Lately, 1890s have been a major focus for us and especially when it comes to tea gowns. We recently came across this tea gown from circa 1890 (at least according to the auction website) that reflects a Japonisme style1Dating garments is more of an art than a science in many instances and sometimes the best that can be done it to approximate it to a decade.:
This is an interesting example because the outer dress on the front is a light pink robe that mimics a kimono, opening up to reveal a light cream colored underdress. Also, we note that the sleeves are properly part of the underdress and that the outer dress is sleeveless. Here’s a view of the rear:
The rear presents a more conventional view and gives a princess line appearance. Given the size of the sleeve caps, this tea gown is either from the early or late 1890s. Here’s a close-up of the front:
The underdress is detailed with ruching and a net-like trim that draws the eye up towards the face. Below is a close-up of the embroidered design that runs along the front of the outer dress:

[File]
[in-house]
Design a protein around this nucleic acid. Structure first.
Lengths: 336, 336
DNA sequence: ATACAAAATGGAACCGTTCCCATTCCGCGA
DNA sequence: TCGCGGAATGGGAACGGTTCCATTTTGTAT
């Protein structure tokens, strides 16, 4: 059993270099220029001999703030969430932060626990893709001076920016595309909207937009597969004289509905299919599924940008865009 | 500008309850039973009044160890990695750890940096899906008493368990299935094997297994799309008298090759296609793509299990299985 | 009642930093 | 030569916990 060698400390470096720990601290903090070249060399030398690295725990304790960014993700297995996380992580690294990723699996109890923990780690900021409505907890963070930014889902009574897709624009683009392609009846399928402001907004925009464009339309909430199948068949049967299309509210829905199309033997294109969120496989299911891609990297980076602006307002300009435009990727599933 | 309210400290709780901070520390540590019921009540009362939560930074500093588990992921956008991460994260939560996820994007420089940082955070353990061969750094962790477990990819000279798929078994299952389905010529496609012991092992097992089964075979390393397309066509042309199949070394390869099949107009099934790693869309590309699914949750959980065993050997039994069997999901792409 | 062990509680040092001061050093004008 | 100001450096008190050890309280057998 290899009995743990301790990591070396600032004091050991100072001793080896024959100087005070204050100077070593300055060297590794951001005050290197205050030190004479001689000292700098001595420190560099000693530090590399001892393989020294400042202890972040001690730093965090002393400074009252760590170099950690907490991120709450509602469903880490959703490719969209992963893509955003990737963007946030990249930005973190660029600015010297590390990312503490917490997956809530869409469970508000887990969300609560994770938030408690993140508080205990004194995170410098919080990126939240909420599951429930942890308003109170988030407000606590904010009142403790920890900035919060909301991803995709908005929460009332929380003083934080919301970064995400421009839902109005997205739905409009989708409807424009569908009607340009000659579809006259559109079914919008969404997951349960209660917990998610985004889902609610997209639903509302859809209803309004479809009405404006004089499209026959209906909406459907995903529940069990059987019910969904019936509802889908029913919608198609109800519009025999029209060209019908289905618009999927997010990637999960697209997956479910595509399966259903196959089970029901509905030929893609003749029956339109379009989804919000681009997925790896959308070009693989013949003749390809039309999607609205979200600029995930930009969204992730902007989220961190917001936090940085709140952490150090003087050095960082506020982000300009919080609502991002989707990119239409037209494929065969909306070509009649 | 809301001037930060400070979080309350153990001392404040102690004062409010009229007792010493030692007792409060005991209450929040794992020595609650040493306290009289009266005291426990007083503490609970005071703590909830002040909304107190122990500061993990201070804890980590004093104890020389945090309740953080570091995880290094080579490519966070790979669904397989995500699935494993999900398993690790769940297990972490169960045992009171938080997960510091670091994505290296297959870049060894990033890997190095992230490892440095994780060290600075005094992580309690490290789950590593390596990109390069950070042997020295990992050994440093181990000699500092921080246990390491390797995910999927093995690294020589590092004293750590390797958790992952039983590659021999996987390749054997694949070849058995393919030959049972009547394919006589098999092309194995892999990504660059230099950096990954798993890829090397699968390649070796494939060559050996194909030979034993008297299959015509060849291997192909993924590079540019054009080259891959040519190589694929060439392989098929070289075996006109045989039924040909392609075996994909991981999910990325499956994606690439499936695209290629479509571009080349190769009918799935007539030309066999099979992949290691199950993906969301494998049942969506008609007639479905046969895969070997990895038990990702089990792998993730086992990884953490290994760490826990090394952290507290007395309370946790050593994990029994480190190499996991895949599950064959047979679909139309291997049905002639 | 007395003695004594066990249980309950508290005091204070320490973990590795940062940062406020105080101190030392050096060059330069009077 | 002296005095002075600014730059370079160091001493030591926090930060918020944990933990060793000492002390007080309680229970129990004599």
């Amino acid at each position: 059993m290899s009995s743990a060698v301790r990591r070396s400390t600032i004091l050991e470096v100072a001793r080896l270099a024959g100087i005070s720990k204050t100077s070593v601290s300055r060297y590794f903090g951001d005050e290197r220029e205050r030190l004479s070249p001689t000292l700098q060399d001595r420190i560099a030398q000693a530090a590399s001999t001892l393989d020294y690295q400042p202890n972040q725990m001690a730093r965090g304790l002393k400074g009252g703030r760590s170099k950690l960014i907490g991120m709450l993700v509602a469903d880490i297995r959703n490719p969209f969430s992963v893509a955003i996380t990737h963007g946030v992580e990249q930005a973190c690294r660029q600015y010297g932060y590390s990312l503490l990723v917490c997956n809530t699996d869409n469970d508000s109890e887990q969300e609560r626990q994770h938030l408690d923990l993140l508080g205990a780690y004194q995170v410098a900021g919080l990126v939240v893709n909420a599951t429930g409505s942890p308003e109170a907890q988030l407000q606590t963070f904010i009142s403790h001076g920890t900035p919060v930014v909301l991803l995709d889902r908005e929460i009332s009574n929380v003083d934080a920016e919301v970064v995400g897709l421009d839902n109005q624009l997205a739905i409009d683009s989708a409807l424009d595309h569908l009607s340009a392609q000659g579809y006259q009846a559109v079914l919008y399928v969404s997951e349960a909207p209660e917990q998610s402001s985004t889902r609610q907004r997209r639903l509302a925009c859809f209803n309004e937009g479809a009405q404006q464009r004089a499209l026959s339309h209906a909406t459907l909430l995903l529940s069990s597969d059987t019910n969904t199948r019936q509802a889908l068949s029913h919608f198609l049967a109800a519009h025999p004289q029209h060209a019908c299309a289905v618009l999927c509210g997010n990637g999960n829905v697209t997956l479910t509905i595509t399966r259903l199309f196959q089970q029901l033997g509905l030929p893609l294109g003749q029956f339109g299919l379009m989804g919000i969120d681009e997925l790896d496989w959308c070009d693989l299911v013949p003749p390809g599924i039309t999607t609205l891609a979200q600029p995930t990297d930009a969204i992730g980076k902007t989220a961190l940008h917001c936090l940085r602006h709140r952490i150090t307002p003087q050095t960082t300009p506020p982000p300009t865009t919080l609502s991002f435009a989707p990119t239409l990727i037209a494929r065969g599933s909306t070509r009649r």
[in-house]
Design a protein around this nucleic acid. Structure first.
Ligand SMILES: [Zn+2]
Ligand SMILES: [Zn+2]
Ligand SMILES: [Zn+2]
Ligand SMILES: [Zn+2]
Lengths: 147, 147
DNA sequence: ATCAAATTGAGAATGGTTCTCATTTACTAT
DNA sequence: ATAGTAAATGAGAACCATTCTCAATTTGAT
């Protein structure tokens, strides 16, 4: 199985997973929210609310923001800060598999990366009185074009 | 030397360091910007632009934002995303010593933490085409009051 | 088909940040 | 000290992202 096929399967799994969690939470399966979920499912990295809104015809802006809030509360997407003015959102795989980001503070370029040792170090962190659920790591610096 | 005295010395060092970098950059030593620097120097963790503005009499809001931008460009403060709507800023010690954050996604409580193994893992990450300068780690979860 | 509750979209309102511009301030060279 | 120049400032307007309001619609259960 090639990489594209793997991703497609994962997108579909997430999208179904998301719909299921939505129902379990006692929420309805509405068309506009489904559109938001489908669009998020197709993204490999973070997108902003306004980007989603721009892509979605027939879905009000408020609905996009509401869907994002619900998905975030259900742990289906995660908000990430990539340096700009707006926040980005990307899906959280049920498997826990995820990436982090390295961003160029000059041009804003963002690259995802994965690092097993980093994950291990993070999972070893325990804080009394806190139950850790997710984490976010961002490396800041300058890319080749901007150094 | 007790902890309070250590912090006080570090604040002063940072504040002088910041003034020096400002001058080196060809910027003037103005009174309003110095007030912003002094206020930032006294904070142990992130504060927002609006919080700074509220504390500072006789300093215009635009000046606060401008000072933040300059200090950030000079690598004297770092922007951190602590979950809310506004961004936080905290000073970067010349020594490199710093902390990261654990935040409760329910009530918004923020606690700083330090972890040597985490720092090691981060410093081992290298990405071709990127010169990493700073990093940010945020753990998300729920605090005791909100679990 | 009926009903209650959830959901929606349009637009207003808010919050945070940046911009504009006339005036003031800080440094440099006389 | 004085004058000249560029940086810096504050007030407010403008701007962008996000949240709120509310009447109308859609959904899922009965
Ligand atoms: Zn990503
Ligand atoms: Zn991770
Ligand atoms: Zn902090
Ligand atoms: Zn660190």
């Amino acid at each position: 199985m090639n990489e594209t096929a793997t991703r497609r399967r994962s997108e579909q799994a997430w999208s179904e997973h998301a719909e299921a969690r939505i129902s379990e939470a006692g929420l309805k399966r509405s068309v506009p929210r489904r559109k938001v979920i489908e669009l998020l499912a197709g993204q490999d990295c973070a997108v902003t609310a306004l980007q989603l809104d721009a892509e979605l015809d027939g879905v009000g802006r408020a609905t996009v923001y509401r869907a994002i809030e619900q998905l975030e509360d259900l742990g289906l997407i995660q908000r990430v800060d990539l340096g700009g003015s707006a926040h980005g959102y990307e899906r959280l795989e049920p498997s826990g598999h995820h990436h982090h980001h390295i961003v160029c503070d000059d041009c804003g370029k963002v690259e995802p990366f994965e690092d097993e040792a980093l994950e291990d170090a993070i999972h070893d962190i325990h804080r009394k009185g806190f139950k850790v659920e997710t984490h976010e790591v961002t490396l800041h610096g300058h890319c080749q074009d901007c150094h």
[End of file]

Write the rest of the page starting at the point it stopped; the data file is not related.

The pattern is very subtle here and tends to blend in with the background of the dress fabric. Unfortunately, there’s not a lot of information available on this tea dress except to say that it was produced in Japan for the export trade. That’s perfectly possible although it could have just as easily been made in the West. Aesthetically, this is an interesting tea gown because of melding of Japanese and Western elements: from the front, there’s definitely a mock-kimono style while from the rear, it looks like any number of princess line dresses of the time. Stay tuned for more!